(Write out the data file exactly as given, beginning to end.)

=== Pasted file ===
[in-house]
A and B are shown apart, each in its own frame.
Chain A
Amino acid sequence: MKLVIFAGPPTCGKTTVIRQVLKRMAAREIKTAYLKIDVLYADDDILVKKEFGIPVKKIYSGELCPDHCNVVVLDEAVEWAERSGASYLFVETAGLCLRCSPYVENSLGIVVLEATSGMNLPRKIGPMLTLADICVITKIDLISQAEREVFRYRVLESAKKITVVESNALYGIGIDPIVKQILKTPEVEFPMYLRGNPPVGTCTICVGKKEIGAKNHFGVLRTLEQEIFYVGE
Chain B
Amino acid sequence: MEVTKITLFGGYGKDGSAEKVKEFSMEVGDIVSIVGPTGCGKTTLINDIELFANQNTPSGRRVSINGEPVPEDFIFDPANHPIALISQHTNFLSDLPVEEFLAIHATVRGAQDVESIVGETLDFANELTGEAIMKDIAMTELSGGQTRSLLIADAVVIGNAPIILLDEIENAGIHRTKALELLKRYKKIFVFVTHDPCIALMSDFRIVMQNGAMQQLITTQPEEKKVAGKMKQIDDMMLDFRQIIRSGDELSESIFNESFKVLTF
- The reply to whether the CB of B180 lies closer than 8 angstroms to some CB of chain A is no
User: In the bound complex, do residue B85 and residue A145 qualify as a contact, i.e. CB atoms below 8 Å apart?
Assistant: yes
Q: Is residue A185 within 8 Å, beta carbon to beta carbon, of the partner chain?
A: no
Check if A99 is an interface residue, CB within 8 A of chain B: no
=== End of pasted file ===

[in-house]
A and B are shown apart, each in its own frame.
Chain A
Amino acid sequence: MKLVIFAGPPTCGKTTVIRQVLKRMAAREIKTAYLKIDVLYADDDILVKKEFGIPVKKIYSGELCPDHCNVVVLDEAVEWAERSGASYLFVETAGLCLRCSPYVENSLGIVVLEATSGMNLPRKIGPMLTLADICVITKIDLISQAEREVFRYRVLESAKKITVVESNALYGIGIDPIVKQILKTPEVEFPMYLRGNPPVGTCTICVGKKEIGAKNHFGVLRTLEQEIFYVGE
Chain B
Amino acid sequence: MEVTKITLFGGYGKDGSAEKVKEFSMEVGDIVSIVGPTGCGKTTLINDIELFANQNTPSGRRVSINGEPVPEDFIFDPANHPIALISQHTNFLSDLPVEEFLAIHATVRGAQDVESIVGETLDFANELTGEAIMKDIAMTELSGGQTRSLLIADAVVIGNAPIILLDEIENAGIHRTKALELLKRYKKIFVFVTHDPCIALMSDFRIVMQNGAMQQLITTQPEEKKVAGKMKQIDDMMLDFRQIIRSGDELSESIFNESFKVLTF
- The reply to whether the CB of B180 lies closer than 8 angstroms to some CB of chain A is no
User: In the bound complex, do residue B85 and residue A145 qualify as a contact, i.e. CB atoms below 8 Å apart?
Assistant: yes
Q: Is residue A185 within 8 Å, beta carbon to beta carbon, of the partner chain?
A: no
Check if A99 is an interface residue, CB within 8 A of chain B: no